Comet Street Studio for an artist in Deptford by dRMM
Floor plan - click for larger image

The site was located within a small mixed-residential and commercial street behind Deptford High Street. It is is an end-of-terrace plot within a service yard off Comet Street, which had been previously leased out for storage. Rubbish was habitually dumped around the site before the studio was built; it was merely a concrete slab, void of any trees or features.

Comet Street Studio for an artist in Deptford by dRMM
Section - click for larger image

Our proposal was a simple, north-lit single volume, the form and materiality of which aimed to improve the character of the street without compromising its continuity. The studio does not mimic the adjacent houses, but is designed to be of similar scale and to complement the existing buildings.

Comet Street Studio for an artist in Deptford by dRMM
West elevation

The client required indirect light and controllable natural ventilation with complete obliteration of shadows or glare. Our response was a wedge-shaped box built in cross-laminated timber with light entering through a huge openable ETFE skylight. This single window, at 4x5metres the largest of its kind in the UK, was positioned to act like a big hungry eye, sucking in light from the northern sky. The building is clad in zinc, its seams wrapping around each corner. The net effect of only one door and one enigmatic skylight is both compelling and forbidding from the outside.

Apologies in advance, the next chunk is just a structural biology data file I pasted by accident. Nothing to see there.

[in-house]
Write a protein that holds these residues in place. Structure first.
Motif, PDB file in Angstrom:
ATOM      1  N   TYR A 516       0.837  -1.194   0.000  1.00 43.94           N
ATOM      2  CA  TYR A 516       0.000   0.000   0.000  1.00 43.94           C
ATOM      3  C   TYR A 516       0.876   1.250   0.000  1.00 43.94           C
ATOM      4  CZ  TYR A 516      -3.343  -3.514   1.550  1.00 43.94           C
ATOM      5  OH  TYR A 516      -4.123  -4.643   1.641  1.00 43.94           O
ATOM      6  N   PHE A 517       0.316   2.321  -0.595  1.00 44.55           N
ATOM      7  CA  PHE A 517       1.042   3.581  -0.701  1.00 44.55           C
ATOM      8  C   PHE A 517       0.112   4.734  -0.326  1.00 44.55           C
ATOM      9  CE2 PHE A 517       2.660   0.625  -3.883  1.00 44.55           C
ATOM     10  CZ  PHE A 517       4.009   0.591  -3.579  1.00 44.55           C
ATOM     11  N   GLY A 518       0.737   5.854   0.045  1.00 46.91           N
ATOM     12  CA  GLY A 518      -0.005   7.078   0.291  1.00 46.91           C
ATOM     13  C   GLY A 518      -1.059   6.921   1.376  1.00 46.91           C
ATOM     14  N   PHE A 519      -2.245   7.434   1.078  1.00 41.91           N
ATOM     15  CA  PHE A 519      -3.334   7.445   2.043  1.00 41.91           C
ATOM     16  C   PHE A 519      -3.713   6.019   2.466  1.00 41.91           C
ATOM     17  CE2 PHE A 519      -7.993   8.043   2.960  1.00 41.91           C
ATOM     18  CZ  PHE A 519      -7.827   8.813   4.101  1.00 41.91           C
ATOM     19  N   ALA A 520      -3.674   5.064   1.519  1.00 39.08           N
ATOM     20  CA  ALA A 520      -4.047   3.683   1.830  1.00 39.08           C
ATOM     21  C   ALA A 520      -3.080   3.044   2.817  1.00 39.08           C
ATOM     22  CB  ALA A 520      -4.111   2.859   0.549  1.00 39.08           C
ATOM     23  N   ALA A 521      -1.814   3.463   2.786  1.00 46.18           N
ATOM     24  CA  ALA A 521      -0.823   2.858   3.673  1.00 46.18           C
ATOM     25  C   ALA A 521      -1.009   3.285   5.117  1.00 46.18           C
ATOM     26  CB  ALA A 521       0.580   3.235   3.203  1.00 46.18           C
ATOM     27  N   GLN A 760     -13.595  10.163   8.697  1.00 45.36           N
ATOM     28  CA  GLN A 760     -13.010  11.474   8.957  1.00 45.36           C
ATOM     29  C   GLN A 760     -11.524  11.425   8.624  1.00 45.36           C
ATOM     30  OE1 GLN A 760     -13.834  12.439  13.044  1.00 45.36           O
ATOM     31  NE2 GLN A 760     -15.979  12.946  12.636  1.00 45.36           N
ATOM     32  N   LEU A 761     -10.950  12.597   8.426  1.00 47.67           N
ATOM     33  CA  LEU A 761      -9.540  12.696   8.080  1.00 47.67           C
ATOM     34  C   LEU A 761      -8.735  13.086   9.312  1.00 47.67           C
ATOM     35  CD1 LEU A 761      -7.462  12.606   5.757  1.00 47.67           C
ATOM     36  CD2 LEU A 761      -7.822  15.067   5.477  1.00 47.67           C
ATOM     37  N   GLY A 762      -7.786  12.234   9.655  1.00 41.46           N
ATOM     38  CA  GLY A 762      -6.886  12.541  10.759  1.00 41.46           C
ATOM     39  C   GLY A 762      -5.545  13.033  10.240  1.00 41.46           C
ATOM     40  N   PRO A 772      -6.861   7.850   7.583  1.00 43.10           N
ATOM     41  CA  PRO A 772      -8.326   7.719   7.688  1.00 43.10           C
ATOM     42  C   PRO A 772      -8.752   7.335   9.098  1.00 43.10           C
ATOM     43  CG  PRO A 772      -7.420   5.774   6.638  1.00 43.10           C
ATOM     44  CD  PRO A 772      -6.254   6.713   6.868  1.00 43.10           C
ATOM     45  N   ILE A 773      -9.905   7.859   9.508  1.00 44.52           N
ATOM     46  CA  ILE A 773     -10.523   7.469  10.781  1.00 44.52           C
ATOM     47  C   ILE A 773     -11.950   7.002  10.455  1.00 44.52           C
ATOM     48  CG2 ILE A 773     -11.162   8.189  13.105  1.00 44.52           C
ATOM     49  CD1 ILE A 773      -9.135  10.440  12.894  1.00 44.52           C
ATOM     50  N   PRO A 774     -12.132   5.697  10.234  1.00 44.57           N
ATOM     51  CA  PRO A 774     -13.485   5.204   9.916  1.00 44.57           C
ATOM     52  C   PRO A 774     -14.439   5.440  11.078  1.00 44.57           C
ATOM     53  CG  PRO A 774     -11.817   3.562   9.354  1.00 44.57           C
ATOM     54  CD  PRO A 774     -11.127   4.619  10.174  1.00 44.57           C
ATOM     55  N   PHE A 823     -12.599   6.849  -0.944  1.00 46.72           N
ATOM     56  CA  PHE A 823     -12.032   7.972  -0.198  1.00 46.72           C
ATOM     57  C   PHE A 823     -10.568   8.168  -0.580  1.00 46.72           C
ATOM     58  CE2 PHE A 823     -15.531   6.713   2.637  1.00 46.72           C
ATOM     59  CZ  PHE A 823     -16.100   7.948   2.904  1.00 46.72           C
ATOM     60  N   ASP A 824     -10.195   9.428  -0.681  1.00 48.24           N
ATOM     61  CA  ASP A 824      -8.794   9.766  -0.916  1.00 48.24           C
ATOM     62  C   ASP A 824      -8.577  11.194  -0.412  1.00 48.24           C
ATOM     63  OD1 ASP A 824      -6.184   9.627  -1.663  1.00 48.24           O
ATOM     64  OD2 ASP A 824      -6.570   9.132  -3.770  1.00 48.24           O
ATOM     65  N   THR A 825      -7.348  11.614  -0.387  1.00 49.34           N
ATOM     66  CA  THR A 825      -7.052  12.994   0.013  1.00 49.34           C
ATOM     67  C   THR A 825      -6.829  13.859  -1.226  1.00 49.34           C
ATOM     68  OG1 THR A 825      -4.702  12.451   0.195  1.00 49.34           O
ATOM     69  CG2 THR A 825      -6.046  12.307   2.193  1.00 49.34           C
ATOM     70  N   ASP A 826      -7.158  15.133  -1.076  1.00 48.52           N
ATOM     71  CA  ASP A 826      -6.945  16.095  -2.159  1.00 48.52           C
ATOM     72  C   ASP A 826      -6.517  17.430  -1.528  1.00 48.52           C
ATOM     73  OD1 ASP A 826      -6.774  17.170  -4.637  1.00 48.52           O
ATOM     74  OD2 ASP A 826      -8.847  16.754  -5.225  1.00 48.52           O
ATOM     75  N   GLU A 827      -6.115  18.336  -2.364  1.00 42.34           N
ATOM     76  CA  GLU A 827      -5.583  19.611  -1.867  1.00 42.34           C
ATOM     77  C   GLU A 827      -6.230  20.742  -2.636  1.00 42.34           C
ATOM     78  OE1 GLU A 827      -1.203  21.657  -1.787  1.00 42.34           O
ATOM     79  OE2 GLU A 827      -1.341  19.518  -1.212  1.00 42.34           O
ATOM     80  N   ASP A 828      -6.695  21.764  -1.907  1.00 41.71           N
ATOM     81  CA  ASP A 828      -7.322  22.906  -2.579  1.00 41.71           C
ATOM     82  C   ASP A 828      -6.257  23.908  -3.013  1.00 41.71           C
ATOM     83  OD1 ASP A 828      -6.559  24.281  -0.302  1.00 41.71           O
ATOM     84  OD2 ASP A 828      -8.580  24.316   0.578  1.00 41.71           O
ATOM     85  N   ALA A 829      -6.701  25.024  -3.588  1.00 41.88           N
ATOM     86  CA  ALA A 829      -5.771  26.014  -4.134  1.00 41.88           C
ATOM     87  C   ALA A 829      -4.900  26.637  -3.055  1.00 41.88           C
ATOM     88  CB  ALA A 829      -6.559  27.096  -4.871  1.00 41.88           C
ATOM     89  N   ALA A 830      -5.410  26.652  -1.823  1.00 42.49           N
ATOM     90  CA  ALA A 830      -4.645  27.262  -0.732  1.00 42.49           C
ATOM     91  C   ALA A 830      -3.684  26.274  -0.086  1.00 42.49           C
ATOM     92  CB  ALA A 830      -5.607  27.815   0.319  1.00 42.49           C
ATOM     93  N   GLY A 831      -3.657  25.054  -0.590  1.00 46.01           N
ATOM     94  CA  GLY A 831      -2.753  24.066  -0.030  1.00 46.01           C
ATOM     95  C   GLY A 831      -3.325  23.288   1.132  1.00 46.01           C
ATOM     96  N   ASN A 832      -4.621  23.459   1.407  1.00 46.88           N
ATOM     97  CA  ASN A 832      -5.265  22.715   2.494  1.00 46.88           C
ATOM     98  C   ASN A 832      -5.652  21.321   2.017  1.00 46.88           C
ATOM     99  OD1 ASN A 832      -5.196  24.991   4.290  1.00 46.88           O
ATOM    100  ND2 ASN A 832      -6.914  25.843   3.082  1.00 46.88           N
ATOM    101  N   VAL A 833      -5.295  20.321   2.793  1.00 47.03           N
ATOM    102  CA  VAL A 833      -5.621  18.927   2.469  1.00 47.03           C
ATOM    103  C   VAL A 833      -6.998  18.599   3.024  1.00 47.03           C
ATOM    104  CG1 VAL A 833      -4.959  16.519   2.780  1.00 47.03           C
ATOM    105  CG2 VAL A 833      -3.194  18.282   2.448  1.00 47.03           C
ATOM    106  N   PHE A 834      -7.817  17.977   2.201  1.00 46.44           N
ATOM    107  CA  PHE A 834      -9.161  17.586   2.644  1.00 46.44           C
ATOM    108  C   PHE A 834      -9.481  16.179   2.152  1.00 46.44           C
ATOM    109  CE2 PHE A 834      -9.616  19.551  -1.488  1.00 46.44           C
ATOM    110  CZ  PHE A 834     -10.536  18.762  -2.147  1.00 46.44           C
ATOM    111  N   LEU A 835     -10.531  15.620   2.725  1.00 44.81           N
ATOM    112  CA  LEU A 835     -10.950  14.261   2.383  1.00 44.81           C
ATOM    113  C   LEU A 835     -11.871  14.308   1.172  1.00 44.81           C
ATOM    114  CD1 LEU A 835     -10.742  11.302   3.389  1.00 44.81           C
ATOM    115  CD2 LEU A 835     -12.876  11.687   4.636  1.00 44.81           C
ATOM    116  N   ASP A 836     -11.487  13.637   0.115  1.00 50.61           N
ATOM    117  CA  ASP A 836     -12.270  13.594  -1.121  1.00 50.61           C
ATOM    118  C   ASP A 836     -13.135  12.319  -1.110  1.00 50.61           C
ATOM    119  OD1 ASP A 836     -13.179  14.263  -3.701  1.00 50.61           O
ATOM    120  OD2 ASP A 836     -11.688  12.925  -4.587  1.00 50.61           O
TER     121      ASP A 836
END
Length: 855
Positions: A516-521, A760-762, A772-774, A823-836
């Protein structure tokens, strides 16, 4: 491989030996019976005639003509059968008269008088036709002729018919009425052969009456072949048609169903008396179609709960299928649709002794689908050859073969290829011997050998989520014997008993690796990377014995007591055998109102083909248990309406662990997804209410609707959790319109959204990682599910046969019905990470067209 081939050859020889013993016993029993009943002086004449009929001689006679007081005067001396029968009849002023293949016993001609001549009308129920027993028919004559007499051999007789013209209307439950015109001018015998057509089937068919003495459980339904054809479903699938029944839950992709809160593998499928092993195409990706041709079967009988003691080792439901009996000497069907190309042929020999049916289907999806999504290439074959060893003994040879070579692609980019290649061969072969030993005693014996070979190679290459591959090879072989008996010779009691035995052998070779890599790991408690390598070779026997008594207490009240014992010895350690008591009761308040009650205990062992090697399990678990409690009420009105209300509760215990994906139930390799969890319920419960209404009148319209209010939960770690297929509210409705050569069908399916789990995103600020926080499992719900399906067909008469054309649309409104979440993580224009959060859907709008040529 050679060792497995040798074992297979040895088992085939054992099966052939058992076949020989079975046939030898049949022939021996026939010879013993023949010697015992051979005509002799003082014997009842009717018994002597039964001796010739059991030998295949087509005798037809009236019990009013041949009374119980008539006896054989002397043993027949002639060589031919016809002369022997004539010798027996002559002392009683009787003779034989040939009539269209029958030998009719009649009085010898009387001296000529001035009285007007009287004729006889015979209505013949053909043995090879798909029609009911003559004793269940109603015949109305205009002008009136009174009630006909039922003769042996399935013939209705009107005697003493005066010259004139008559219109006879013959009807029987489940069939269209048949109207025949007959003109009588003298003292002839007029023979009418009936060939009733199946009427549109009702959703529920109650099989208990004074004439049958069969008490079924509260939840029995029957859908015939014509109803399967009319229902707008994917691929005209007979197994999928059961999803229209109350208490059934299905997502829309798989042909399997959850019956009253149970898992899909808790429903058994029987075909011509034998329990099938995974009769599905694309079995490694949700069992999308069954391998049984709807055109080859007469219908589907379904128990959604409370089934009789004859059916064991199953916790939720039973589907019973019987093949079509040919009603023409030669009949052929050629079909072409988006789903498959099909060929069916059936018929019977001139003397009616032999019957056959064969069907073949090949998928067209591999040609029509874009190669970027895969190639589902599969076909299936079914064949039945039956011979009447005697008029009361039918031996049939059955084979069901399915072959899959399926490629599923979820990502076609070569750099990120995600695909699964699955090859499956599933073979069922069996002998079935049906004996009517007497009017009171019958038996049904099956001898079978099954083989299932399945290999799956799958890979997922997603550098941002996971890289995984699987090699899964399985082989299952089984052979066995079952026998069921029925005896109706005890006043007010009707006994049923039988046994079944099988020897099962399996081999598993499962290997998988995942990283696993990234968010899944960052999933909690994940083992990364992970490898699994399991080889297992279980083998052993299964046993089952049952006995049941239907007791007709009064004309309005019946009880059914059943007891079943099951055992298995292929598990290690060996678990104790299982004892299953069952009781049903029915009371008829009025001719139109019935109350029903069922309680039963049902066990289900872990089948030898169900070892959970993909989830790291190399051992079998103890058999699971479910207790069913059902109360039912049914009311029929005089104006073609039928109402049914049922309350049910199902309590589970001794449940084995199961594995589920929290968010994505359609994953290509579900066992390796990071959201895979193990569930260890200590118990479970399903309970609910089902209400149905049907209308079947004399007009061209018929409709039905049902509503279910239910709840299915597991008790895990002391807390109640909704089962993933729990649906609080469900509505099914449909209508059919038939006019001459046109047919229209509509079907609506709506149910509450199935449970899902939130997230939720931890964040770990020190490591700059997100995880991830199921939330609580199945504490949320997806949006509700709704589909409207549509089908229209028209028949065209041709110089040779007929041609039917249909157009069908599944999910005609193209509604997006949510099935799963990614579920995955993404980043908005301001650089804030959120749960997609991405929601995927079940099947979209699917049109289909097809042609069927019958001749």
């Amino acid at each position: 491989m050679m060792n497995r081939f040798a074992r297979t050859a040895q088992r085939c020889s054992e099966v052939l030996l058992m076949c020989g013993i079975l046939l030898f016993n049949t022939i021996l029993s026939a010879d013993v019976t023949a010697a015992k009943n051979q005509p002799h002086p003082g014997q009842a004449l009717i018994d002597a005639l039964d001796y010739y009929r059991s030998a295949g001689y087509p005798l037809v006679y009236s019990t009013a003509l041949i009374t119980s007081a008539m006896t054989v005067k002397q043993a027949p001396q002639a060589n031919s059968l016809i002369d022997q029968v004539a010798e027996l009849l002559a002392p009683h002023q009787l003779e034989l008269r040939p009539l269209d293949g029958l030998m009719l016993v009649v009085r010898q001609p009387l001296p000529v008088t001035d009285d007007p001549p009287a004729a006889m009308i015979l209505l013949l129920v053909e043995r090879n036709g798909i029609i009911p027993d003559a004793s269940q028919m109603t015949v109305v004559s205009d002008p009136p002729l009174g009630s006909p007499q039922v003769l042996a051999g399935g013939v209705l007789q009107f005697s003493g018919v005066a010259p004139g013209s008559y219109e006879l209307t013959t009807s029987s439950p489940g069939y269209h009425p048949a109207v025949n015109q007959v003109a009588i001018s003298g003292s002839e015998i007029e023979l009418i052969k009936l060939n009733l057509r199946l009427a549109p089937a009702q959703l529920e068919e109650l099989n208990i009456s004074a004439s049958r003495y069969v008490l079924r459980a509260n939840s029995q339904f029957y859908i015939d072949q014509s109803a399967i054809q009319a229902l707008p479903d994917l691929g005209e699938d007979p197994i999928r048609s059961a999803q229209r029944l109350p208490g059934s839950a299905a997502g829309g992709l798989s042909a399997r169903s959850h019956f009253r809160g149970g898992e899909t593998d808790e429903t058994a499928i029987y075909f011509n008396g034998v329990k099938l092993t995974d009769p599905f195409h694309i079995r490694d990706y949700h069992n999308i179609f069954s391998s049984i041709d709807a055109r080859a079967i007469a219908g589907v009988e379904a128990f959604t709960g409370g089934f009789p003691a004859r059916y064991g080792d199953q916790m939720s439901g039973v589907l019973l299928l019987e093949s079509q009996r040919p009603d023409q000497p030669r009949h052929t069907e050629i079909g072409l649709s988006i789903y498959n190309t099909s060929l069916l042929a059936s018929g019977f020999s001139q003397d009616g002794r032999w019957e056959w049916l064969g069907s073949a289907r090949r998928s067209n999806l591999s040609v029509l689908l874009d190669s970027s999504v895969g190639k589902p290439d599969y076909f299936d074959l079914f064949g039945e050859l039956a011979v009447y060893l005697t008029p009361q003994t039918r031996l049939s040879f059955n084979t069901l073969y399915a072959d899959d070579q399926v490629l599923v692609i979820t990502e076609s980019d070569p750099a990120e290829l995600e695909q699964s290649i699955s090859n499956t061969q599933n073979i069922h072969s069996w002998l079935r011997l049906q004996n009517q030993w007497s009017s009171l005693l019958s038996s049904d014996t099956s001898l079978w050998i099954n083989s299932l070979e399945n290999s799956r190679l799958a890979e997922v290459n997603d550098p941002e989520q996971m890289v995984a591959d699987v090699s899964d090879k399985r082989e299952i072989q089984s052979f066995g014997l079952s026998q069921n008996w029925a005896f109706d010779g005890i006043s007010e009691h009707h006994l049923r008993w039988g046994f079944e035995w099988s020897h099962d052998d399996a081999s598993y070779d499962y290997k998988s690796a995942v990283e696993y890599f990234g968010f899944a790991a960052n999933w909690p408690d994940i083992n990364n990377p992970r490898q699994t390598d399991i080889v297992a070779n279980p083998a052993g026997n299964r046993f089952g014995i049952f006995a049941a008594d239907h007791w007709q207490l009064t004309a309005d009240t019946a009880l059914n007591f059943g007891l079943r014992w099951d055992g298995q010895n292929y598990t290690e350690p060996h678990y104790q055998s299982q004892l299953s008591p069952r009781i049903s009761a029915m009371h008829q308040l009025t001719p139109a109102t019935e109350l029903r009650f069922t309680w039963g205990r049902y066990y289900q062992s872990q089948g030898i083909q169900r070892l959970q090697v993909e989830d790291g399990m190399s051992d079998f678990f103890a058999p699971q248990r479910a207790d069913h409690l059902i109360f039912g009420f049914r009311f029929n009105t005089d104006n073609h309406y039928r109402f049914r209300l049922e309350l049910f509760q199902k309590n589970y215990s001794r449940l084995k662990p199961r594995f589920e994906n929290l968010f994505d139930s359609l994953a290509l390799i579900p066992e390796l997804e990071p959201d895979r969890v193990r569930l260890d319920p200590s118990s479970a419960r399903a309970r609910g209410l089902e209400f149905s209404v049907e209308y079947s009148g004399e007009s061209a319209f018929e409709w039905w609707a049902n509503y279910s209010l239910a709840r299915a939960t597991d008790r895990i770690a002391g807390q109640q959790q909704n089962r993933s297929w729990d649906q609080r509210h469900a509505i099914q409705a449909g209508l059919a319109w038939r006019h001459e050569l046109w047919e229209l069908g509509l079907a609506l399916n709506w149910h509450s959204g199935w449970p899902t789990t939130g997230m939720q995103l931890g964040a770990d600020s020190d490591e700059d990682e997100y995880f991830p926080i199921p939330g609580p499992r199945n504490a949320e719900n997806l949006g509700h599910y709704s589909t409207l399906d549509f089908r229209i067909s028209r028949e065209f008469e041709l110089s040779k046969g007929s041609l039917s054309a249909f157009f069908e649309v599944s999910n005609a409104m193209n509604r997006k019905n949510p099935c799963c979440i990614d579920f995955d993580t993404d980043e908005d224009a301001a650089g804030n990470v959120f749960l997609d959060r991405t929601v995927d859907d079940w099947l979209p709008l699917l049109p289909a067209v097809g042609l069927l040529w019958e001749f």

Comet Street Studio for an artist in Deptford by dRMM
South elevation

A small yard has been placed at the rear of the building to the south to enable the off-street loading to take place with minimal disturbance. The yard has been placed to the south to ensure that sunshine can diffuse through a translucent roller shutter to the service area behind the studio.

The design of the building seeks to perform the function of a studio as sustainably as possible. Solar collectors on the roof provide an environmentally-friendly source of hot water, and in winter a clean-coal burning stove supplements this. The studio is a car-free development and includes provision for bicycle storage.

Comet Street Studio for an artist in Deptford by dRMM
East elevation

Throughout a long design development period we worked to the exacting specifications of the client, with whom we collaborated on every detail, from the pigment-less epoxy screed resin floor to the special eyewash station that takes the place of a sink. We learned that achieving true simplicity is not necessarily quick or easy, but it is entirely satisfying.

  • http://www.facebook.com/chuck.anziulewicz Chuck Anziulewicz

    Didn’t we used to call them “skylights”?

  • Concerned Citizen

    Quite a literal response to the request, well done. Except the eyewash needs to be in the same room where it will potentially be needed.

  • mitate

    How did that get through planning, even on the former site of a scaffolders’ yard?

    • Happycamper

      Why?

  • jklsdaf

    A remark for the plan: always put a north arrow in there!